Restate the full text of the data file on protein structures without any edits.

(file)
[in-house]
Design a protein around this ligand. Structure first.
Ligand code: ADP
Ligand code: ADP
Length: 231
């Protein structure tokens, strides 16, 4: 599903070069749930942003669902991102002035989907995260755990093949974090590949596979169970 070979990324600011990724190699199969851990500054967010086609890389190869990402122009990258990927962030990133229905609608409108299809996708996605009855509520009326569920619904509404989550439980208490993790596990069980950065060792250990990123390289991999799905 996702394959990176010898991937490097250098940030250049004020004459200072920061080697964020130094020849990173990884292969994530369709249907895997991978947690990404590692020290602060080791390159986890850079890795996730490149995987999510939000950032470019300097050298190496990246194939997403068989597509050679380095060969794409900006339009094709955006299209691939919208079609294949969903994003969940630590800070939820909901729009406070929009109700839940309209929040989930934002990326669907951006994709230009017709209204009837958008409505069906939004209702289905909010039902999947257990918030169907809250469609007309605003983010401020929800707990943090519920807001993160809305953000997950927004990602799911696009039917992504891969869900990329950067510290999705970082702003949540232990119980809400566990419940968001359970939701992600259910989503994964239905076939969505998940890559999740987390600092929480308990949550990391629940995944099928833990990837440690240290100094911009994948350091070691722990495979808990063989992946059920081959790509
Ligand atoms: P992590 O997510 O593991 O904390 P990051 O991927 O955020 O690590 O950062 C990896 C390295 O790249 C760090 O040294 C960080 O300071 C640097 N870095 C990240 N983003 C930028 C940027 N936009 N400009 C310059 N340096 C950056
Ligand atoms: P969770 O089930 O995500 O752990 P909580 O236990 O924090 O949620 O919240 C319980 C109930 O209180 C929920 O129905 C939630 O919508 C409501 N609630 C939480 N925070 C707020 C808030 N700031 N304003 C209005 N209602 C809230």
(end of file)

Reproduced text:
[in-house]
Design a protein around this ligand. Structure first.
Ligand code: ADP
Ligand code: ADP
Length: 231
């Protein structure tokens, strides 16, 4: 599903070069749930942003669902991102002035989907995260755990093949974090590949596979169970 070979990324600011990724190699199969851990500054967010086609890389190869990402122009990258990927962030990133229905609608409108299809996708996605009855509520009326569920619904509404989550439980208490993790596990069980950065060792250990990123390289991999799905 996702394959990176010898991937490097250098940030250049004020004459200072920061080697964020130094020849990173990884292969994530369709249907895997991978947690990404590692020290602060080791390159986890850079890795996730490149995987999510939000950032470019300097050298190496990246194939997403068989597509050679380095060969794409900006339009094709955006299209691939919208079609294949969903994003969940630590800070939820909901729009406070929009109700839940309209929040989930934002990326669907951006994709230009017709209204009837958008409505069906939004209702289905909010039902999947257990918030169907809250469609007309605003983010401020929800707990943090519920807001993160809305953000997950927004990602799911696009039917992504891969869900990329950067510290999705970082702003949540232990119980809400566990419940968001359970939701992600259910989503994964239905076939969505998940890559999740987390600092929480308990949550990391629940995944099928833990990837440690240290100094911009994948350091070691722990495979808990063989992946059920081959790509
Ligand atoms: P992590 O997510 O593991 O904390 P990051 O991927 O955020 O690590 O950062 C990896 C390295 O790249 C760090 O040294 C960080 O300071 C640097 N870095 C990240 N983003 C930028 C940027 N936009 N400009 C310059 N340096 C950056
Ligand atoms: P969770 O089930 O995500 O752990 P909580 O236990 O924090 O949620 O919240 C319980 C109930 O209180 C929920 O129905 C939630 O919508 C409501 N609630 C939480 N925070 C707020 C808030 N700031 N304003 C209005 N209602 C809230």